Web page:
DTI to conduct study & review of PH’s cabotage law

GENERAL SANTOS CITY (MindaNews / 6 Sept) – The Department of Trade and Industry (DTI) is set to launch a comprehensive study and review of the country’s cabotage law as it moves to improve the competitiveness of local industries, including tuna fishing and manufacturing.

Trade Assistant Secretary Blesila Lantayona said on Friday the study will mainly focus on determining the “pros and cons” of the proposed lifting of the cabotage provisions of Republic Act 1937 or the Customs And Tariff Code of 1978

She specifically cited the law’s granting of exclusive rights to coastwise trade for Philippine-registered marine vessels.

“We will be conducting consultations with various sectors to get the necessary inputs as to their experiences with the implementation of the law,” she said at the opening of the 15th National Tuna Congress trade exhibit here.

Lantayona said the agency moved for the conduct of the study after President Benigno S. Aquino III directed Congress in his state-of-the-nation address in July to revisit the provisions of the cabotage law.

In his address, the President said the move was aimed to “foster greater competition and to lower the cost of transportation for our agricultural sector and other industries.”

In the 13th edition of the National Tuna Congress, the delegates passed a resolution “urging the Philippine government to rationalize the cabotage provisions of Republic Act 1937 and other related issuances.”

Congress delegates reiterated such move in their 14th gathering last year.

The resolution, which was addressed to the President, cited that the cabotage provisions have contributed to the aging of the shipping industry’s fleet and triggered the prohibitive costs on fuel, insurance premiums and taxes that eventually resulted to high shipping and freight cost as well as inefficient passenger and cargo handling.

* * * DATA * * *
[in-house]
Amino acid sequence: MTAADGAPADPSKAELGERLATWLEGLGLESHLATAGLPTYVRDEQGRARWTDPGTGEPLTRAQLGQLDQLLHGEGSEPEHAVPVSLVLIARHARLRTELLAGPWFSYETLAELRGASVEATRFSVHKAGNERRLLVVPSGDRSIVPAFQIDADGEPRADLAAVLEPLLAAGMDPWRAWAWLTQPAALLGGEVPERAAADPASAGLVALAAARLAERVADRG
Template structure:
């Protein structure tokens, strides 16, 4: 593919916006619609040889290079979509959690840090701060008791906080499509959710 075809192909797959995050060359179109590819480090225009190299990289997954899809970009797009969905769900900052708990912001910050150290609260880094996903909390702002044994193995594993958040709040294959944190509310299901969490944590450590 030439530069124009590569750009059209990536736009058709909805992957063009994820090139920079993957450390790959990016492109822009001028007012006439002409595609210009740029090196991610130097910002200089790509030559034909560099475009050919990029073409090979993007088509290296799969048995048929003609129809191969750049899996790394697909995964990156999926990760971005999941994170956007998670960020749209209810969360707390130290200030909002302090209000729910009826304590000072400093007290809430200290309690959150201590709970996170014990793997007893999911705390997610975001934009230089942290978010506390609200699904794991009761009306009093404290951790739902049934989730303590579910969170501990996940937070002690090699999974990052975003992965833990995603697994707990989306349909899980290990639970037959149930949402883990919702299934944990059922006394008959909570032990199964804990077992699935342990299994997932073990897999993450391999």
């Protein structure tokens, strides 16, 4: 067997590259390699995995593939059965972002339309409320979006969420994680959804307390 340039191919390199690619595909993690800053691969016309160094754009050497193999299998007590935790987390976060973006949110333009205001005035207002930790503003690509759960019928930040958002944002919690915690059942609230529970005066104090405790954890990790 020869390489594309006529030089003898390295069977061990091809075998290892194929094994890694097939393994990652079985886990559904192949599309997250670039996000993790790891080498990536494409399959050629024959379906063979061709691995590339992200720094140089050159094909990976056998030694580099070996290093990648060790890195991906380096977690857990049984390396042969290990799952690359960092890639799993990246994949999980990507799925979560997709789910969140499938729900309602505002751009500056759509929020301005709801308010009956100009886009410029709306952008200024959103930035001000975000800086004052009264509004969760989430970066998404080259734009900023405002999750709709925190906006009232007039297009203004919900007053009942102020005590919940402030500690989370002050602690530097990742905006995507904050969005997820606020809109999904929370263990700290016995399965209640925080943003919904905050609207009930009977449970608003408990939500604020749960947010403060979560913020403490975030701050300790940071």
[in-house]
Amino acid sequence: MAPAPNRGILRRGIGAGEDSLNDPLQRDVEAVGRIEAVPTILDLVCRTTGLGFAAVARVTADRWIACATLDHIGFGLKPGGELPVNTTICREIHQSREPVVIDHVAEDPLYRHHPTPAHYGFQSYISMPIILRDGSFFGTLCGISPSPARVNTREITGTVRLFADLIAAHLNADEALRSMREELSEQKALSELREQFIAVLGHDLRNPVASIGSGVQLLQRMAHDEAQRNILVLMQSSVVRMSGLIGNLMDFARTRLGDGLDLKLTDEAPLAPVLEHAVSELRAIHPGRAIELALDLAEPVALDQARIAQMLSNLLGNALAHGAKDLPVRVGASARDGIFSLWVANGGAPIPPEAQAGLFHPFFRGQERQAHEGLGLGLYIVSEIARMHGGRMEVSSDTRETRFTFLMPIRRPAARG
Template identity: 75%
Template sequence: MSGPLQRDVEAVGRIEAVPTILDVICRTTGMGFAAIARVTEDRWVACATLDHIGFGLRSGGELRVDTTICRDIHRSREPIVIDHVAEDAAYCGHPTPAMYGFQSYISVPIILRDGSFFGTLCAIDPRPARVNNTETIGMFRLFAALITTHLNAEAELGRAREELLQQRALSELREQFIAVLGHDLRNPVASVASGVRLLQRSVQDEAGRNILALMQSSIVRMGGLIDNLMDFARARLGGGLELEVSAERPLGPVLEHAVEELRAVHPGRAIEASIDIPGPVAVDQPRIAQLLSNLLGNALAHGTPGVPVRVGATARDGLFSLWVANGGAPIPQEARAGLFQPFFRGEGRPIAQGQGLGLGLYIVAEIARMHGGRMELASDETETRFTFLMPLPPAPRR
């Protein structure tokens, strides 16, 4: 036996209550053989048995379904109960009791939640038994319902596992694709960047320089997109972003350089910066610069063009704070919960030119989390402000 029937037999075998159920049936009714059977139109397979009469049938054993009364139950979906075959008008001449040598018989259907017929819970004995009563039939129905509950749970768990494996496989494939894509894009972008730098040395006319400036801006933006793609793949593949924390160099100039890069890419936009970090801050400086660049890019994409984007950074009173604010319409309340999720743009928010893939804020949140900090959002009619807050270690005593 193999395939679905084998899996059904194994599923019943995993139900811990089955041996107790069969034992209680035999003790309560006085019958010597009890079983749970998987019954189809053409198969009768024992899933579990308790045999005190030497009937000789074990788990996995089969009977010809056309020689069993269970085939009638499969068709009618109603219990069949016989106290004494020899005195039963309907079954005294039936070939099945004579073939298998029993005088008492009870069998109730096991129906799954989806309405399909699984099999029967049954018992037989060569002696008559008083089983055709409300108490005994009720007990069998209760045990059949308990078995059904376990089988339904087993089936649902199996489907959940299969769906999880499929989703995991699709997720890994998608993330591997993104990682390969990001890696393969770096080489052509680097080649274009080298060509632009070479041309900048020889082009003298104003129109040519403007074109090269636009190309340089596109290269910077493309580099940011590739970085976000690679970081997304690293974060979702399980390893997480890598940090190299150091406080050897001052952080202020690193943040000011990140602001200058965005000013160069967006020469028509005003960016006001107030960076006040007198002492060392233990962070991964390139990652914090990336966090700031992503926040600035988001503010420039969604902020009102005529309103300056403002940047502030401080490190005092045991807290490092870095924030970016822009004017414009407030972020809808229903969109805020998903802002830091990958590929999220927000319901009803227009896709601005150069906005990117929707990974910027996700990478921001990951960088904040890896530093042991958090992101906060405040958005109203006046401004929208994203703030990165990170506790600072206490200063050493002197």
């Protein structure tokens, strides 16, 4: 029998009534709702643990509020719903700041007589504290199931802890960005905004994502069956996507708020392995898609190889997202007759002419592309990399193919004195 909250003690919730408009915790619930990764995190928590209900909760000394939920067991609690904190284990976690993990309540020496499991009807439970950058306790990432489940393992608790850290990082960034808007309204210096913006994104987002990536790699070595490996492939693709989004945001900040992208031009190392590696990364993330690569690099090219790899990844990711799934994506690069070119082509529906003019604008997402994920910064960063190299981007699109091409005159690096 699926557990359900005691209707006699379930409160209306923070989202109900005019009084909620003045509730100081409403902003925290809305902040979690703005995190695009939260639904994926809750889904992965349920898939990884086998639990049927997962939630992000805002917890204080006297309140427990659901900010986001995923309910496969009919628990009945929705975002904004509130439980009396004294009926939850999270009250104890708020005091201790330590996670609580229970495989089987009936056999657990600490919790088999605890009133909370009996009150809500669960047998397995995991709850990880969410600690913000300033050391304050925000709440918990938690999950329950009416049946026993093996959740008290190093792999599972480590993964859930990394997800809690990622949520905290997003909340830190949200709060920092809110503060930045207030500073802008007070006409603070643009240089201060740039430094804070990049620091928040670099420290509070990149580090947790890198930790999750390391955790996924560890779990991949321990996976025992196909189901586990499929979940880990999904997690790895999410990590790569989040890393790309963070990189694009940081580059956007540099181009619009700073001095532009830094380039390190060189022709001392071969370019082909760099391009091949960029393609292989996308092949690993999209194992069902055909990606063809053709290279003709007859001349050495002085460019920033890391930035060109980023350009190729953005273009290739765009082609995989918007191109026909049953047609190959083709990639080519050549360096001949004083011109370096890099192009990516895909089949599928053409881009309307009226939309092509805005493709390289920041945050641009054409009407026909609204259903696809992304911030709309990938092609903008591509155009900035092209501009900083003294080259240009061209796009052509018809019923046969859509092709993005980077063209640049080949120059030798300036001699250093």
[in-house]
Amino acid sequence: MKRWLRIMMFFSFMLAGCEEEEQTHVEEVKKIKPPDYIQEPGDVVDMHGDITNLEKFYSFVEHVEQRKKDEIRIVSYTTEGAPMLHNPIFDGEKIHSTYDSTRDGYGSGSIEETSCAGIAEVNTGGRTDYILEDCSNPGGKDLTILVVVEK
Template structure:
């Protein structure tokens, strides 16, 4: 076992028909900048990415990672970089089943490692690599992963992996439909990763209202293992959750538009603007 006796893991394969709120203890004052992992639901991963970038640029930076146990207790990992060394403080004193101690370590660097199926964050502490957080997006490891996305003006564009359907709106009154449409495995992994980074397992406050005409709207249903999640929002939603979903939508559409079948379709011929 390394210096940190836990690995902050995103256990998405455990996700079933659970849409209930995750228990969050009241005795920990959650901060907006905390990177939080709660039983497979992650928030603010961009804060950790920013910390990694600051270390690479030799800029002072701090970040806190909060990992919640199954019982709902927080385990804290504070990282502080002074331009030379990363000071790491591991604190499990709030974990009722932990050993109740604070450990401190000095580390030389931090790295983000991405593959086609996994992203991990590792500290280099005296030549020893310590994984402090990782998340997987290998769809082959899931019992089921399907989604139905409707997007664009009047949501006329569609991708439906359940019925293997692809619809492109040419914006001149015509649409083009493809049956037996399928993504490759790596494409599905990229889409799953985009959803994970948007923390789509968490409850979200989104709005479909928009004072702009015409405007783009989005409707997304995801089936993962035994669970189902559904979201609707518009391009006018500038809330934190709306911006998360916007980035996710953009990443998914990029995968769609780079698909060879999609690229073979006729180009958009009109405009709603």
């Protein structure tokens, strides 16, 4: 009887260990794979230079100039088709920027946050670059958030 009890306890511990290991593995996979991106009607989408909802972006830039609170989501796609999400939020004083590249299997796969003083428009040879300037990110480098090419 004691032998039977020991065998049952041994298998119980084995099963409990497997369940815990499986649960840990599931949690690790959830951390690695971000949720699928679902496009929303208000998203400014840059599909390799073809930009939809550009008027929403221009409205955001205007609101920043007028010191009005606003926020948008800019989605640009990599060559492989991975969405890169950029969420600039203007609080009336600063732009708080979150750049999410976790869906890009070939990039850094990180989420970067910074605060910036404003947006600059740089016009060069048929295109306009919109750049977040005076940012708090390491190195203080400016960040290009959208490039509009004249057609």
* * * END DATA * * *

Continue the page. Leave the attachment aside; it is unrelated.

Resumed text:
It said shipping, freight and transportation costs constitute a significant portion of the operating costs of the fishing industry in terms of movements of its raw materials, production inputs and finished products.

“There is a need to rationalize the cabotage provisions of the law and other related issuances in order to improve the competitiveness of the Philippine tuna industry and its allied industries,” it said.

Joaquin Lu, president of the Socsksargen Federation of Fishing and Allied Industries Inc. (SFFAII), explained that the cabotage provisions have been hampering the movement of tuna products to various domestic markets.

“At present, the cost of shipping tuna to Manila is more expensive than moving them to other markets abroad like the United States,” he said.

Lantayona said the agency will work with the tuna industry players, specifically the SFFAII, in their upcoming study.

“If we find out in our study that the cabotage law has been actually blocking the progress of our industries, we will go to Congress to advance this cause,” she added.

In late July, Cagayan de Oro Rep. Rufus Rodriguez filed House Bill 1789 to repeal and modify certain sections of the Tariff and Customs Code of the Philippines and the Domestic Shipping Development Act of 2004.

To be known as the “Coastwide Trade Act of 2013,” the bill seeks to spur domestic tourism, increase port revenues and promote cost-competitiveness among shipping companies with the entry of foreign vessel operators.